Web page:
To give a little context for this statement, within the recording industry, a lot of times and traditionally speaking, a recording studio is a place that musicians can rent by the hour or by the day where they can go and make a recording. This may or may not include a recording engineer to operate the equipment for the recording session, but if it does, the engineer’s role typically is to handle only the technical aspects of the recording process. The majority of artists are looking for and need something more than that in order to make records—they need a producer.
Unfortunately, most artists who are starting out don’t really think about this or aren’t aware of it on one level or another. They wind up renting the best studio they can afford and don’t really pay much attention to the most important thing—the person or the people they’re hiring to be in the studio making a record with them.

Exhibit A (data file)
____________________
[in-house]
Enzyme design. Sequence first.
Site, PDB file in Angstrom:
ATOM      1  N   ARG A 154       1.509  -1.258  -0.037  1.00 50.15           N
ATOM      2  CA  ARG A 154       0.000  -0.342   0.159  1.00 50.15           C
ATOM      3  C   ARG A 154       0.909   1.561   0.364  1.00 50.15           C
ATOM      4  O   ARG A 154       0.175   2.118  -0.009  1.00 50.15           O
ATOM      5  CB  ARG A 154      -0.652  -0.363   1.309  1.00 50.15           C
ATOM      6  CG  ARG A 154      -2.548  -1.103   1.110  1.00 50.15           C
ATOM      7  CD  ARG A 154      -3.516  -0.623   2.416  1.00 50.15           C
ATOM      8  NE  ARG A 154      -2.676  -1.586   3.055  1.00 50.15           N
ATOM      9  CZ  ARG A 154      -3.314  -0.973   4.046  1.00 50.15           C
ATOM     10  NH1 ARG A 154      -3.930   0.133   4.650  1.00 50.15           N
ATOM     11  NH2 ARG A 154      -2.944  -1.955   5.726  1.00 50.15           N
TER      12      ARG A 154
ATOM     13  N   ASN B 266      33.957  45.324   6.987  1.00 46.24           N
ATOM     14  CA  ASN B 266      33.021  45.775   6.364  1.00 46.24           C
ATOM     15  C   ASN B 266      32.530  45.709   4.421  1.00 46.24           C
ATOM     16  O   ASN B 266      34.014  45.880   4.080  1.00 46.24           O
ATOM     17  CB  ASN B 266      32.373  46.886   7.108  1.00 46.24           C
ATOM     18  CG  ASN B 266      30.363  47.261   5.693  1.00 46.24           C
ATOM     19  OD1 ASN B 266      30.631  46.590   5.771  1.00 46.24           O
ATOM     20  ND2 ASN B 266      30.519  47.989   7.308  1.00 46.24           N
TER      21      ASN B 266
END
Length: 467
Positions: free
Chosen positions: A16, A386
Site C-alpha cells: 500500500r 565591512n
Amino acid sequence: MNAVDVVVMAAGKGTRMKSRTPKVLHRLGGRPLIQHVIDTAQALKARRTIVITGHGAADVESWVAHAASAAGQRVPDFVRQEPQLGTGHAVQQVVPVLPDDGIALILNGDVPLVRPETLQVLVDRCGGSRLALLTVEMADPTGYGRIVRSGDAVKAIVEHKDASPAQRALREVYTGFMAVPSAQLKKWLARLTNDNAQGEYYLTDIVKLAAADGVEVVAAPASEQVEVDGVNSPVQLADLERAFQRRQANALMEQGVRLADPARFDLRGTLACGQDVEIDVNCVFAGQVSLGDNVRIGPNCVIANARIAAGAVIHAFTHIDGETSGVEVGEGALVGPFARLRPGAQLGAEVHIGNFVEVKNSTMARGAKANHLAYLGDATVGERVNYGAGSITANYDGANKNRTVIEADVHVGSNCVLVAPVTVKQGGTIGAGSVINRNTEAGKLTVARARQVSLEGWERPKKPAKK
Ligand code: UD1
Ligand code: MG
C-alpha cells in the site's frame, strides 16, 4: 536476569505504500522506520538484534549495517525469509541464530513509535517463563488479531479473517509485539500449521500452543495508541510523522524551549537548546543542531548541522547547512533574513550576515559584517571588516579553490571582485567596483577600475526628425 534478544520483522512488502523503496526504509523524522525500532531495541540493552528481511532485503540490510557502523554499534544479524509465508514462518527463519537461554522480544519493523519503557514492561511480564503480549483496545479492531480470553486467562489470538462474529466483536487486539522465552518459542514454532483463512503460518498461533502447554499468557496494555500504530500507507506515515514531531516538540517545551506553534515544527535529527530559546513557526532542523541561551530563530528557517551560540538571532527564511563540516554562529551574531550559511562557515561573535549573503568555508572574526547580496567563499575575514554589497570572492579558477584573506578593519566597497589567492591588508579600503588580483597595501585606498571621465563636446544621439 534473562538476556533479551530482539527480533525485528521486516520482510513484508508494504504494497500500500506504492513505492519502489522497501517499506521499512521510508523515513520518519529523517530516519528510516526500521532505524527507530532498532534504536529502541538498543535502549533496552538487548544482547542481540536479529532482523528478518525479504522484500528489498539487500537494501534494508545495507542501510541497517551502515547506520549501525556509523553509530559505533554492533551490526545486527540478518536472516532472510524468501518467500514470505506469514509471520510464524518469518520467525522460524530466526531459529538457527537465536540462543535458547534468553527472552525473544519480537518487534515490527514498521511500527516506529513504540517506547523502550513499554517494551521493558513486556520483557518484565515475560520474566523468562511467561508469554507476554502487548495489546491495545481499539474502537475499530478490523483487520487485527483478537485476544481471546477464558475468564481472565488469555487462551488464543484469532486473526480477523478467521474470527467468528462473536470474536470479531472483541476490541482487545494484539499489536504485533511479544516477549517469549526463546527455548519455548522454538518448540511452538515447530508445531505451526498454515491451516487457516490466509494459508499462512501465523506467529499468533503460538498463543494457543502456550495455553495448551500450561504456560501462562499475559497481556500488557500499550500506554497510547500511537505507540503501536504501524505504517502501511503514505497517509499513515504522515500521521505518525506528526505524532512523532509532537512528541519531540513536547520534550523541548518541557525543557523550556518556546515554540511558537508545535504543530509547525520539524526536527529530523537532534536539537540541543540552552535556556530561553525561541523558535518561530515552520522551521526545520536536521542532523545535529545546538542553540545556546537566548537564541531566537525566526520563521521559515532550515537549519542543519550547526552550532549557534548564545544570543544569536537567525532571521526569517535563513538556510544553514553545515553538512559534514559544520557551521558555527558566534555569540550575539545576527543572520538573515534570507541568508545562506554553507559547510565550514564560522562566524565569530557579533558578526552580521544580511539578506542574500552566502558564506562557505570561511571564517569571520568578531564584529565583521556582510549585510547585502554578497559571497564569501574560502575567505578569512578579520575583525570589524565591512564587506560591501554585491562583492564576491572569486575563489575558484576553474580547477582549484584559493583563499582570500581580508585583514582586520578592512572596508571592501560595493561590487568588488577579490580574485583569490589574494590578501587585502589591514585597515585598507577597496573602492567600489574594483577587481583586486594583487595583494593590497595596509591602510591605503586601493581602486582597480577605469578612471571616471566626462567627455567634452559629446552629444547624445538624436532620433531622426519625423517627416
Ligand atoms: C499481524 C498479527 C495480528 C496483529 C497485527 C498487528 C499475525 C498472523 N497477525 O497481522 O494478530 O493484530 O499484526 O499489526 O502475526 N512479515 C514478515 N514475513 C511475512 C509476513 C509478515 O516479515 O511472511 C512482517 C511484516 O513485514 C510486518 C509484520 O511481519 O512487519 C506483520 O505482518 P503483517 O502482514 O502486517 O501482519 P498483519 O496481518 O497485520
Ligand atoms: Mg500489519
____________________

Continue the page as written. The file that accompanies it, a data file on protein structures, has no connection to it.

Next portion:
Artists set out to record with this equation for themselves and their music, based on the music they love and the artists whose songs have resonated with them. But in this equation they’ve generated for themselves, they’re often missing a crucial factor: the vast majority of the artists whose music spoke to them had producers who helped shape those songs and recordings.
What we’re doing here at Degraw is filling that gap between the “uninvolved” commercial studio and the bigger name producers who are not accessible to most indie artists by giving independent musicians the type of guidance and support that they need. Even after a record is finished, we’ll often help the artist navigate the tricky process of releasing and promoting the record. I believe that as a result of this more involved approach, many of the artists we work with wind up coming back to do multiple projects and over time become part of the Degraw Sound community.